2. Helen Rabinovitz Said:

    I agree with Deborah. Especially with the olympics just the honor of making it in should be enough. If you gave everyone who showed up a ribbon of some sort I think the meaning would be lost.

  3. ASK Said:

    As someone who dropped Social Pyschology 101 in college, I have limited patience with some of the advice of psychologists…children don’t deserve ribbons or medals or trophies for taking part in an activity or competition. That is not how the real world operates. An athlete who qualifies for the Olympics is indeed an elite performer and should be recognized for their outstanding abilities. I also think that social media platforms and a most intrusive media don’t really help these athletes either…

  4. Hussein Ahman-Uttah Said:

    Weren’t they saying that Ledecky “lost”the gold today in the sense that before today’s competition she was the gold medal holder but now she no longer is?

  5. Jim Gordon Said:

    I don’t think that everyone needs a trophy, but those who don’t win are not losers. They’re probably terrific but for that moment less terrific than the medal winners. Hip hip to them all.

  6. BC Said:

    They are all first class winners in my book, just for being there. God Bless them.

  7. Jeanne Byington Said:

    Deborah,

    Giving trophies for all participants isn’t great but A’s? Yikes! We might have third graders who can’t read as a result.

    How endearing your story of your brave granddaughter! She gets my “good sportsmanship” award. She sounds adventuresome and curious and maybe, if the soccer ball isn’t too heavy, [you can tell I never played soccer] if she is once hit by it, it won’t hurt.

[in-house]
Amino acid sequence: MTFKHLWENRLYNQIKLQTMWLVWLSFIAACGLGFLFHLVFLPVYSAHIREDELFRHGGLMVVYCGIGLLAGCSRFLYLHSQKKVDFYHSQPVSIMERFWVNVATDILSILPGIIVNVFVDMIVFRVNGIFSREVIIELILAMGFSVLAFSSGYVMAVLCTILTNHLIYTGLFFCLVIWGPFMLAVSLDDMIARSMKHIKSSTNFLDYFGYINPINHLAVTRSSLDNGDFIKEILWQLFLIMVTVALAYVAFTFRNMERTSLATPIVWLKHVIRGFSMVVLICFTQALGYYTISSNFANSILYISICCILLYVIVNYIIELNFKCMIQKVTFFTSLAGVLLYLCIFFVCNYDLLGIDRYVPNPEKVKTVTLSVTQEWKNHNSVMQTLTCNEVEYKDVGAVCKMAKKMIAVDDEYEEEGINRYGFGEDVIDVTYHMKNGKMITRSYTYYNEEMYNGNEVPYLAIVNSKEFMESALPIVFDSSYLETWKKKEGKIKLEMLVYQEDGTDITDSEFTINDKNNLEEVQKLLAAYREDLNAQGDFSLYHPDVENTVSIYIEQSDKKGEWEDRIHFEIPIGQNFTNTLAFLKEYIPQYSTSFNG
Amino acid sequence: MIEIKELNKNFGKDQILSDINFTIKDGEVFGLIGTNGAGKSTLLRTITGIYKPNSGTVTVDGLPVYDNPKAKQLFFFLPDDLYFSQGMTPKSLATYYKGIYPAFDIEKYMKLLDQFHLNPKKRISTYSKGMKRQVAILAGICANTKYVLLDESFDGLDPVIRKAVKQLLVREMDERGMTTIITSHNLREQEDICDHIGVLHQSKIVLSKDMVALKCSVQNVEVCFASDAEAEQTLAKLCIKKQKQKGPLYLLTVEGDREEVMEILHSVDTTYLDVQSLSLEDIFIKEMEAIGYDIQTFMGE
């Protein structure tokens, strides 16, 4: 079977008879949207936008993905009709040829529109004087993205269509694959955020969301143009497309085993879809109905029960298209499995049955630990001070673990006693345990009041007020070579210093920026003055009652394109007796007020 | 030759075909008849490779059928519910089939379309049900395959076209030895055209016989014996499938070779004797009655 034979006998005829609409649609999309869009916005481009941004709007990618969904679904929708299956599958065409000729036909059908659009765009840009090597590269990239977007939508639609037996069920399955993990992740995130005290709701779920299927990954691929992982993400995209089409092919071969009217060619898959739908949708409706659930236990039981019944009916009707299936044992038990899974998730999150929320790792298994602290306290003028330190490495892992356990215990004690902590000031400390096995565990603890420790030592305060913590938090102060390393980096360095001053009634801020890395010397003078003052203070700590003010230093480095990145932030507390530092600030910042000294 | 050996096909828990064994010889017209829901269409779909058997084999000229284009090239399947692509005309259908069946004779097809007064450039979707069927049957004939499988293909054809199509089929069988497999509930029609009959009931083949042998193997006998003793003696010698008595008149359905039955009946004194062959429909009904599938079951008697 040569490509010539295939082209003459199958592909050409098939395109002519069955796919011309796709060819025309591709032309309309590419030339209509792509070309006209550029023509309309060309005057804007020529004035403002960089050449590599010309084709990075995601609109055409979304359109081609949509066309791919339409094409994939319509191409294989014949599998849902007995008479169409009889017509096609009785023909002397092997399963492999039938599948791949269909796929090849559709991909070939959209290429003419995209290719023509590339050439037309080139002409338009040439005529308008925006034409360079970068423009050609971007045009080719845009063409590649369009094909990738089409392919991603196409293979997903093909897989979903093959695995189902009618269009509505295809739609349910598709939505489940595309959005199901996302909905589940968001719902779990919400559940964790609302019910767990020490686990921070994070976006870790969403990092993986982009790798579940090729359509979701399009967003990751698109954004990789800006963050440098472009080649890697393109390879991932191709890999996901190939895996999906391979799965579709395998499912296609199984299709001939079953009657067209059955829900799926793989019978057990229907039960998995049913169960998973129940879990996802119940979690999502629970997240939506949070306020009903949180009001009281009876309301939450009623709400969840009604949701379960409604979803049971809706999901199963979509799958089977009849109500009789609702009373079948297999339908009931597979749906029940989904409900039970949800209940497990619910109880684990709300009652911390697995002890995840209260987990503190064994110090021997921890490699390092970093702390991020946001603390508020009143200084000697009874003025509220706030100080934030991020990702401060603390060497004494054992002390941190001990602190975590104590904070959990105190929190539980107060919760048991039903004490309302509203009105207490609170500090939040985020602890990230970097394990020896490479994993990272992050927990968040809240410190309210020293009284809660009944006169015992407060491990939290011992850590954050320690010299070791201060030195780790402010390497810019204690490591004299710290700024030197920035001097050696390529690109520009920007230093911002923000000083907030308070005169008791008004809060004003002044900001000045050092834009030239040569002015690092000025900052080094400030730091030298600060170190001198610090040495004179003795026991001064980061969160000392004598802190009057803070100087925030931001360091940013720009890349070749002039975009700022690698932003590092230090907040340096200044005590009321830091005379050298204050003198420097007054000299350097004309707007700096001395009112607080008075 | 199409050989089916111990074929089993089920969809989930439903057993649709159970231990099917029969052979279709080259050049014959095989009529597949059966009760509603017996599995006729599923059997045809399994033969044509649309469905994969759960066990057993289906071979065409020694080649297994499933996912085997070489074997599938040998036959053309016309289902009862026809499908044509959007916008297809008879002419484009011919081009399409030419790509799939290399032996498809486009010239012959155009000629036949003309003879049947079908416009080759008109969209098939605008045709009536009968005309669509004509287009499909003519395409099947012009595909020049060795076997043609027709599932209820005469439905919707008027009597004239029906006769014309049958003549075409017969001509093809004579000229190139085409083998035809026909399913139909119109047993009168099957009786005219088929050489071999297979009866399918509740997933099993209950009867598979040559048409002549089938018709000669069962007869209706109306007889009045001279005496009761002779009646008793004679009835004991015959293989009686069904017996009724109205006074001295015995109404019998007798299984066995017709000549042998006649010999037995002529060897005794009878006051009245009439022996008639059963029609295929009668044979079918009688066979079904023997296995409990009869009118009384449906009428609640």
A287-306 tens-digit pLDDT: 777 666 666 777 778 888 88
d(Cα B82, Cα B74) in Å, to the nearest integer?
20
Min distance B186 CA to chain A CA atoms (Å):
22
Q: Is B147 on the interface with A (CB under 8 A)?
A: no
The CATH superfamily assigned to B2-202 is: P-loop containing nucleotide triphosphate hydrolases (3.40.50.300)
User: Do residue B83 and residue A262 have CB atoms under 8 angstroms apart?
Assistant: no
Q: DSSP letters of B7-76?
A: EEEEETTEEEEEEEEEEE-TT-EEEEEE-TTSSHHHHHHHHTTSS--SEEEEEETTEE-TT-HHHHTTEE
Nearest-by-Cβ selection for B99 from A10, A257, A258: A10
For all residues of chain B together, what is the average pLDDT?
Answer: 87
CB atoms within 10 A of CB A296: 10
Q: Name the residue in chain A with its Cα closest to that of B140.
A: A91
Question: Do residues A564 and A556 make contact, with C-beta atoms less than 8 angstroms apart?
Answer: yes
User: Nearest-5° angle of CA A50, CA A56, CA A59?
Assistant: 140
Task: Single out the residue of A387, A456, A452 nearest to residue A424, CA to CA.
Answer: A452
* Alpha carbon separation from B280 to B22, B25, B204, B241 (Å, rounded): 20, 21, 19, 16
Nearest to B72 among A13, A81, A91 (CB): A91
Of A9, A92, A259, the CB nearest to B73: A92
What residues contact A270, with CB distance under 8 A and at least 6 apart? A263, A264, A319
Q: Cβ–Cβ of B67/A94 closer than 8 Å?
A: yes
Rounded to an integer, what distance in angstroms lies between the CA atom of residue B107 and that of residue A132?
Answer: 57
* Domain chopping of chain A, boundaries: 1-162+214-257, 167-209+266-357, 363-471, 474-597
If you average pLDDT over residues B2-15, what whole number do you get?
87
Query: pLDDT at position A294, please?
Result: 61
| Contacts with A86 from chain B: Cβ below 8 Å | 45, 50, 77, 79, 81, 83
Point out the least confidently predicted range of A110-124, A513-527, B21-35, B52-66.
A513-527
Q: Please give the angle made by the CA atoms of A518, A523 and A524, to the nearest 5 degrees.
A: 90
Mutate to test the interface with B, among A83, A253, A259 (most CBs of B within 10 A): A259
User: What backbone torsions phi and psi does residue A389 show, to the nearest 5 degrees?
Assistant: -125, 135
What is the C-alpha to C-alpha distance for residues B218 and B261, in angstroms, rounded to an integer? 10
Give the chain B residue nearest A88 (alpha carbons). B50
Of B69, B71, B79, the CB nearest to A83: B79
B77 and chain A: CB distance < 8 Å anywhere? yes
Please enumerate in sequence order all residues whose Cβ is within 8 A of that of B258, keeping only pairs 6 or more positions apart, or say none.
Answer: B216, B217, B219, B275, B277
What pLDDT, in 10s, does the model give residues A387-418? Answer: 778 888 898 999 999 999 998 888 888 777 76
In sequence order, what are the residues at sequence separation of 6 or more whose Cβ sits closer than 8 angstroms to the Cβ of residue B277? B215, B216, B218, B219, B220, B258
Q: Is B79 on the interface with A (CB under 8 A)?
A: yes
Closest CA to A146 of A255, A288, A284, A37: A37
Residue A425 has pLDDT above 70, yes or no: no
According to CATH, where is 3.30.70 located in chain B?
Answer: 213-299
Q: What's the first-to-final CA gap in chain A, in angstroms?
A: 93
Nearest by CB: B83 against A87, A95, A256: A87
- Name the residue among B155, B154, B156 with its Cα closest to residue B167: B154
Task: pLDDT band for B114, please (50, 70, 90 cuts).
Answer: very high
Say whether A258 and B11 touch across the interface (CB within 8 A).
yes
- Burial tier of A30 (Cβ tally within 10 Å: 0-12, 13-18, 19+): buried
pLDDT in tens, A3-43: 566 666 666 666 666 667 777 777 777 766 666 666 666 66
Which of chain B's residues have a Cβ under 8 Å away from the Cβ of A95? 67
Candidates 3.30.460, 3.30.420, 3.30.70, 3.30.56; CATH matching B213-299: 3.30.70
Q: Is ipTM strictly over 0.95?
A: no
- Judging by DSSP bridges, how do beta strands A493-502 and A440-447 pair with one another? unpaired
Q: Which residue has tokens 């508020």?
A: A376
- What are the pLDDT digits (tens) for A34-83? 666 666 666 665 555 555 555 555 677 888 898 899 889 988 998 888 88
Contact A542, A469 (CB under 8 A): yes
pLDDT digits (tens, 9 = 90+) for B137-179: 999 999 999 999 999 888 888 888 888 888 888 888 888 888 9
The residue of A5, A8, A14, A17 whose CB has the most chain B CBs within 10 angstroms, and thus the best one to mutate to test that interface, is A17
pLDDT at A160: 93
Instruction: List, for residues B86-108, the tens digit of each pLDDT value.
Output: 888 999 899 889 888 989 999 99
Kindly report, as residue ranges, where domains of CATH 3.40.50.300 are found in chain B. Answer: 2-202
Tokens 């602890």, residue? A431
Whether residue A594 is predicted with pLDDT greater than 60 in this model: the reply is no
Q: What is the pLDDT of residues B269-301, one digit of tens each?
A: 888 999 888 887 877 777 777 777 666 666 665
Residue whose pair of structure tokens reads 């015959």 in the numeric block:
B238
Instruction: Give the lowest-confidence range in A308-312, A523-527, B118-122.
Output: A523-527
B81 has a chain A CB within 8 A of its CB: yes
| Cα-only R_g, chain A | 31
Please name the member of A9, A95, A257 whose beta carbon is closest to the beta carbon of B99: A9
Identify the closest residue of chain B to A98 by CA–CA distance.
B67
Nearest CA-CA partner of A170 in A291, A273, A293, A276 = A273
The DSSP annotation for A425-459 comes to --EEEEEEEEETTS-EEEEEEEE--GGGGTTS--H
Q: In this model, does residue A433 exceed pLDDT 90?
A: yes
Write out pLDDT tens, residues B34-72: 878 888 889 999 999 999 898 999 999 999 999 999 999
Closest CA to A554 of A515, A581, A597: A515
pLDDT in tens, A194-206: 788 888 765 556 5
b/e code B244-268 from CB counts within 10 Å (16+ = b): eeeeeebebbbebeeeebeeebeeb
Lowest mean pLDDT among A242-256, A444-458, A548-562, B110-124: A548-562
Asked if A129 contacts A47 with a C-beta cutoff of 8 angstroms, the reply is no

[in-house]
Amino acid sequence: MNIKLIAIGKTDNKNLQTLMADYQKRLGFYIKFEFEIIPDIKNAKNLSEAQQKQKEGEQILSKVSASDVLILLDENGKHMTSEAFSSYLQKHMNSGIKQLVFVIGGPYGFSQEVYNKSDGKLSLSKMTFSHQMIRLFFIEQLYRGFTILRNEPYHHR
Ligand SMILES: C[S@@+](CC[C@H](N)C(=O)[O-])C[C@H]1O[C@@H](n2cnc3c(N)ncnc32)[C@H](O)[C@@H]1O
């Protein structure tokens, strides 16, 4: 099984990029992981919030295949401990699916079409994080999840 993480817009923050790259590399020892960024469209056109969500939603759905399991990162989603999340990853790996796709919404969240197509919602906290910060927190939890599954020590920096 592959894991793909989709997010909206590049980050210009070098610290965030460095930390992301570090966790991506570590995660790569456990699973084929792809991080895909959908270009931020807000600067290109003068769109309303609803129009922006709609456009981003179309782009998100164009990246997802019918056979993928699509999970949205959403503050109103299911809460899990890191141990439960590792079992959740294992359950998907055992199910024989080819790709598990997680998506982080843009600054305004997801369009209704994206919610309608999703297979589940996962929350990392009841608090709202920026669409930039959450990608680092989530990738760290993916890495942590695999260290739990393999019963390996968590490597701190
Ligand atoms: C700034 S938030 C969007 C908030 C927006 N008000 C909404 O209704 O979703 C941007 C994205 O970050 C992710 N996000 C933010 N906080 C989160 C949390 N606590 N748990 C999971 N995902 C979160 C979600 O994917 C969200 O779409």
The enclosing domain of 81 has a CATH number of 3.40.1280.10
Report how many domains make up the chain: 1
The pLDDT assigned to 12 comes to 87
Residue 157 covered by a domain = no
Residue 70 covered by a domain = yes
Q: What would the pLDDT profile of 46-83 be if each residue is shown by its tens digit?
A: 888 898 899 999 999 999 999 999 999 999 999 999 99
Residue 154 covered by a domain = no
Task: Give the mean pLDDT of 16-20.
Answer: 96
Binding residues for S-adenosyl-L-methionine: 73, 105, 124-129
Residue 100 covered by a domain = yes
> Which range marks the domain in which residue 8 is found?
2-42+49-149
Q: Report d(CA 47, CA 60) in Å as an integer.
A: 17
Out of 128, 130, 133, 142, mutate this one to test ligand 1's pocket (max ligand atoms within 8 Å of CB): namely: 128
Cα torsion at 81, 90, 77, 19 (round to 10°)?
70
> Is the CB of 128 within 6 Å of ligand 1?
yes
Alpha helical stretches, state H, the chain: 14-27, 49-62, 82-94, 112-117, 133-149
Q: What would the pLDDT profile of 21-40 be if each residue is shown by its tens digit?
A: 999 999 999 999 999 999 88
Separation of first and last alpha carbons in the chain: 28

8. Jeanne Byington Said:

    Hussein,

    Not according to this New York Times headline: “Katie Ledecky Feels the Sting of a First Olympic Loss. In the 400-meter freestyle, she was something of an underdog.” I interpret this that she didn’t get gold so she lost.

  9. Jeanne Byington Said:

    ASK,

    Social media amplifies negatives especially–in my opinion. We heard the word “loser” so often under the previous administration that we are having a hard time ridding ourselves of the concept.

    One thread that I find appalling is in regard to the brave Simone Biles where she’s accused of disappointing the public by stepping out of the competition. These people really think that she should literally break her neck for the public? Goodness.

    I heard a morning radio host whine that the show must go on –actors do if practically on a stretcher and so should Simone. There is no danger to the actor short of fainting on stage or giving everyone in the cast a cold and fever while Simone–or any gymnast at her level–to land on her head at such speed could kill herself.

  10. Jeanne Byington Said:

    Helen,

    I agree–the meaning is lost if everyone wins a prize.

  11. Jeanne Byington Said:

    BC,

    Amen.

  12. Jeanne Byington Said:

    Jim,

    For sure! Kudos one and all.